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When People Come FirstCritical Studies in Global Health$
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João Biehl and Adriana Petryna

Print publication date: 2013

Print ISBN-13: 9780691157382

Published to Princeton Scholarship Online: October 2017

DOI: 10.23943/princeton/9780691157382.001.0001

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A Salvage Ethnography of the Guinea Worm

A Salvage Ethnography of the Guinea Worm

Witchcraft, Oracles and Magic in a Disease Eradication Program

Chapter:
(p.207) 8 A Salvage Ethnography of the Guinea Worm
Source:
When People Come First
Author(s):

Amy Moran-Thomas

Publisher:
Princeton University Press
DOI:10.23943/princeton/9780691157382.003.0011

This chapter takes the program for the eradication of the guinea worm in northern Ghana as a launching point from which to examine the different epistemologies at work in global health initiatives. It teases out the ways in which the local landscape of health care is changed and imagined through such initiatives, and the ways in which people actively engage with them, transforming biology and magic into heuristics for one another. By collecting remnants of worm stories, traditions still remembered but no longer believed, fading memories, or chance moments, the author in part seeking to critically document a seminal moment in public health—a field with a notoriously short memory—in hopes that the experiences gained from this historical eradication program may hold lessons for future policy efforts. It is also an attempt to create a record of the living guinea worm itself, the human struggles it has crystallized and fragments of stories from the people, politics, and places it traveled through for centuries.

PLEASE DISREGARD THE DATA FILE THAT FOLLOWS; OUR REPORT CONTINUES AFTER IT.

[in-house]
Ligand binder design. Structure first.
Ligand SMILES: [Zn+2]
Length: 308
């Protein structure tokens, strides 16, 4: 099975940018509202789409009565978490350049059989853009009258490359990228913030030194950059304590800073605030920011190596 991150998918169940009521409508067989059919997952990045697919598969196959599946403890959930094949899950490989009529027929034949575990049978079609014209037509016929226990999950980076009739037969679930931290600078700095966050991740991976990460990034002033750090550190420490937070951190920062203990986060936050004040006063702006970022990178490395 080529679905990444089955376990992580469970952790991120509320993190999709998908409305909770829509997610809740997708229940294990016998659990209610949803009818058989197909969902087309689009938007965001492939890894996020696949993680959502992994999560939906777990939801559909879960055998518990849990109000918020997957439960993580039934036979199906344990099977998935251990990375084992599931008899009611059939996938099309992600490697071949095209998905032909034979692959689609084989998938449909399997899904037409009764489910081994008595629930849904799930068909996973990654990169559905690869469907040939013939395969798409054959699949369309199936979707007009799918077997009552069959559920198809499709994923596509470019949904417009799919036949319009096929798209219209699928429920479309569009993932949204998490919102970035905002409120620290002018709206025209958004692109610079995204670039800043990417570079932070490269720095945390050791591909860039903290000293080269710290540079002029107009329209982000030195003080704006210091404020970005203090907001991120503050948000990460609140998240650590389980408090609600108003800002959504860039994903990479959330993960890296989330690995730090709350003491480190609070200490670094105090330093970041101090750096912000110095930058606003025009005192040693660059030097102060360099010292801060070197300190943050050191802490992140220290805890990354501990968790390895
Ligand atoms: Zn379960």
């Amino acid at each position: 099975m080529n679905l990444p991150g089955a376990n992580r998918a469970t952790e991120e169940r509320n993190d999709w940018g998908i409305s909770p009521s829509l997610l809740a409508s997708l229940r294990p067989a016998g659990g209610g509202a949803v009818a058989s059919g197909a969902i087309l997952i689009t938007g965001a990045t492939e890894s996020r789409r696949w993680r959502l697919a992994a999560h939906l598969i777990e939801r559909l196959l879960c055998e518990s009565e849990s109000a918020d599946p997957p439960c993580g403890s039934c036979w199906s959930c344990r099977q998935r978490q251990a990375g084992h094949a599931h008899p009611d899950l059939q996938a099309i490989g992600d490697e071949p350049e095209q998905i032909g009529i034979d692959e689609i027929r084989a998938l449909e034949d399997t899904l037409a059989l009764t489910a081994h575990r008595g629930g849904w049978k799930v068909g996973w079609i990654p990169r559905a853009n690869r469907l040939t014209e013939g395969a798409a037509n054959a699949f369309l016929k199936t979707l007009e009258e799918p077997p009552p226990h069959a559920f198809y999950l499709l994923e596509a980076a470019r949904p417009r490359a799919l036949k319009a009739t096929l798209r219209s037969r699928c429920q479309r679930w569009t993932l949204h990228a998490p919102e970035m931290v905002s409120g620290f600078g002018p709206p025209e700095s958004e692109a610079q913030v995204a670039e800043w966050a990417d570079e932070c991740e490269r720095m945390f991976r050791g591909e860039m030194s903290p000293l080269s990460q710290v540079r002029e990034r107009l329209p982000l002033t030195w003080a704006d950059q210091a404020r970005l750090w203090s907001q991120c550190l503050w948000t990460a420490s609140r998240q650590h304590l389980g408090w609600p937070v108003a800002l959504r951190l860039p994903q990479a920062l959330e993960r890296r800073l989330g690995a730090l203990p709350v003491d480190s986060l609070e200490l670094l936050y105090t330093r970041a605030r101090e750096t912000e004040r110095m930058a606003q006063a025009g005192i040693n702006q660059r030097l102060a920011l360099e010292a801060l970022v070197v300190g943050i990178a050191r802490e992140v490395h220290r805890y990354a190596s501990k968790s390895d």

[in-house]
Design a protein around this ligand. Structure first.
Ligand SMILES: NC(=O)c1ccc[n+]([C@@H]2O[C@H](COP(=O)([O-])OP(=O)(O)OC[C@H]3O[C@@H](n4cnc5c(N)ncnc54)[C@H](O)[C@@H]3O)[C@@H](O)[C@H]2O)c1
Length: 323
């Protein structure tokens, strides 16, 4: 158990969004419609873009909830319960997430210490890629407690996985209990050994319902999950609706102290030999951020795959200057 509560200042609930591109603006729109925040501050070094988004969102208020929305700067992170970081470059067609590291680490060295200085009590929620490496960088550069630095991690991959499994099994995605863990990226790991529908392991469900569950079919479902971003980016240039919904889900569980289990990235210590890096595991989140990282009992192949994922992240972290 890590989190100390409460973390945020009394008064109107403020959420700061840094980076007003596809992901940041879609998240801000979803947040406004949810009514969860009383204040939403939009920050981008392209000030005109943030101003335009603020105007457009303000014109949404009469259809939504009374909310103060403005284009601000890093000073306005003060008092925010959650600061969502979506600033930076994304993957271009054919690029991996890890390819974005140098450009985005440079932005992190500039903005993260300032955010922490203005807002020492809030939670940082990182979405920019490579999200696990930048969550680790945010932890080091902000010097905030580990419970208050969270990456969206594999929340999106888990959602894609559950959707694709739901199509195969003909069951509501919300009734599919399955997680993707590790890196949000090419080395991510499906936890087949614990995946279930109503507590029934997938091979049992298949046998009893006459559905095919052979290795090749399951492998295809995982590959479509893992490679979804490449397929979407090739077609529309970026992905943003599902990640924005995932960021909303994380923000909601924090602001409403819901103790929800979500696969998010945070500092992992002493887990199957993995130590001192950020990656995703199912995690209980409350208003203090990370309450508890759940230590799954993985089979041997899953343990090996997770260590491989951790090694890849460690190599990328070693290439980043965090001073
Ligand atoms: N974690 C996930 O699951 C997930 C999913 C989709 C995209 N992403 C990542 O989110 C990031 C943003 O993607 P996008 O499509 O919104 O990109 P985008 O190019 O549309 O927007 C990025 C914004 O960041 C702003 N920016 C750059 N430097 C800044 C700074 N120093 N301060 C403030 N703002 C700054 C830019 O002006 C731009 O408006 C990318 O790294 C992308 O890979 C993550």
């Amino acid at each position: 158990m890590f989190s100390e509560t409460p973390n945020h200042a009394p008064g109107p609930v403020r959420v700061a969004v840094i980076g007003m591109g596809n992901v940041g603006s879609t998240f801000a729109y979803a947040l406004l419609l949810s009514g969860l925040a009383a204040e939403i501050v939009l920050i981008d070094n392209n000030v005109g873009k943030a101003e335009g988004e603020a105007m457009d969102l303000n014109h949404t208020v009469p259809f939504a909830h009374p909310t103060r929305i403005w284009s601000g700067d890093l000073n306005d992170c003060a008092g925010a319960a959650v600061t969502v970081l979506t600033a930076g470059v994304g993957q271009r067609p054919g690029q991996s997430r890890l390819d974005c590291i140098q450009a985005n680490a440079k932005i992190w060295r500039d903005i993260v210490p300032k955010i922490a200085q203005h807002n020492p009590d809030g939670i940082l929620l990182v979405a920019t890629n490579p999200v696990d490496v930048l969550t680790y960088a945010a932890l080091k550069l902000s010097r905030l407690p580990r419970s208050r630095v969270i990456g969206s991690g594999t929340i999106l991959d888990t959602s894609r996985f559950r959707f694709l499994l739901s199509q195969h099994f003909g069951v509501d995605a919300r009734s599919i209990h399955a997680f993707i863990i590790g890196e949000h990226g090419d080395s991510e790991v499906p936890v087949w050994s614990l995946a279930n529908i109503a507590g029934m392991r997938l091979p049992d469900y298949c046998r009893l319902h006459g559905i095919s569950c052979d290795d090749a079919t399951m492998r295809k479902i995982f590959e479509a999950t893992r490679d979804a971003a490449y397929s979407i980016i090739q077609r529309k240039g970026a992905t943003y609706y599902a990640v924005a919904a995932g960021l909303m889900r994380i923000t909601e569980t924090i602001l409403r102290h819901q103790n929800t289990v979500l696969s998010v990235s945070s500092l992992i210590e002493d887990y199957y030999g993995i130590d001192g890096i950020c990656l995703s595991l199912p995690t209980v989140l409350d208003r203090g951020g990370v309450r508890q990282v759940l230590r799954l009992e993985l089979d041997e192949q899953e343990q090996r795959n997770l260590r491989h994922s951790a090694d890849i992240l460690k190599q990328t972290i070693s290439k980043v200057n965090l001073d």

Keywords:   Ghana, guinea worm, global health, public health, health care, disease eradication programs

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